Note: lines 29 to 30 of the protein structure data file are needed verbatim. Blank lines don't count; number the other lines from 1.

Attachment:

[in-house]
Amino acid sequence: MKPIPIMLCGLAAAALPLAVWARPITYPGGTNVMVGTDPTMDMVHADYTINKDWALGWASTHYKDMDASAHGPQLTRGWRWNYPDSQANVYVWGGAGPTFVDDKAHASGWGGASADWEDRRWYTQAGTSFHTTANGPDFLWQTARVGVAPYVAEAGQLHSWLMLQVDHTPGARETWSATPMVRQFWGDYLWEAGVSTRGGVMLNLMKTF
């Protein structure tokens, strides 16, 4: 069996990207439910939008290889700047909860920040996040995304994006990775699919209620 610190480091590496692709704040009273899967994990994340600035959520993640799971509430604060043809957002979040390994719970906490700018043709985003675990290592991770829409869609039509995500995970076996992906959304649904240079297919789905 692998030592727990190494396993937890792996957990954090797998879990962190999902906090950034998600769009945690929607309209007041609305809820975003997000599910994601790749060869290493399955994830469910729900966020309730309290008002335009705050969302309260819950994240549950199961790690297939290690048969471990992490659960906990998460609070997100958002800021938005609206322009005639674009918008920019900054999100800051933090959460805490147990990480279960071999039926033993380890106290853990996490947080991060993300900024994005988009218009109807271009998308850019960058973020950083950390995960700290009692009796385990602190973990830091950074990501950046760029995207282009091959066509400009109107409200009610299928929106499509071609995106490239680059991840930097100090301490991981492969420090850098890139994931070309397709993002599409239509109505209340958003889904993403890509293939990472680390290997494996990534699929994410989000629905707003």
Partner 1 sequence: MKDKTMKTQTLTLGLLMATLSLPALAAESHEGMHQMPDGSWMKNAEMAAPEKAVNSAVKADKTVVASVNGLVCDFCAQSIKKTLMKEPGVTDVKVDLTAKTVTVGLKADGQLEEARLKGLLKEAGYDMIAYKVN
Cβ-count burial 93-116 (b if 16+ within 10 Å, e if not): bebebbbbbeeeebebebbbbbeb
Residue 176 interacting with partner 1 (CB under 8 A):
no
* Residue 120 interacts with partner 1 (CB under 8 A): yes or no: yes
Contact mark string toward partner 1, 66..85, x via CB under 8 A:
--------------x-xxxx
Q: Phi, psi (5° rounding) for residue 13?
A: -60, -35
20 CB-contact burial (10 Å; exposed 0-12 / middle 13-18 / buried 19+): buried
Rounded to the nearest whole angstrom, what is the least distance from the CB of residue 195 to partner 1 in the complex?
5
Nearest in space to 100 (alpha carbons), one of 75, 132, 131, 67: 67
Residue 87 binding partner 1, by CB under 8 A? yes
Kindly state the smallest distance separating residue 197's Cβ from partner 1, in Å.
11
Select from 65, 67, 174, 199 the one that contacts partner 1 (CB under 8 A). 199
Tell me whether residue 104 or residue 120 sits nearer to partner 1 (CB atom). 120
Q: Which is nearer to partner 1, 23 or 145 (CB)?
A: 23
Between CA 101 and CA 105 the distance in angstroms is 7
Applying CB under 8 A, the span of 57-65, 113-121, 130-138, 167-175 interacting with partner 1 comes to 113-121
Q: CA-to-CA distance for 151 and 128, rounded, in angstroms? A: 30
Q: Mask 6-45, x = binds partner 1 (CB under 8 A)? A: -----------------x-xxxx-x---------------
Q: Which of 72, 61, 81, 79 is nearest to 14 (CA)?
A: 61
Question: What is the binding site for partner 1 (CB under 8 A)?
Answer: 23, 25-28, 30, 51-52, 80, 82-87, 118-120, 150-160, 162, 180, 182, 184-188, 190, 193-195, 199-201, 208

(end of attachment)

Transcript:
A: 61
Question: What is the binding site for partner 1 (CB under 8 A)?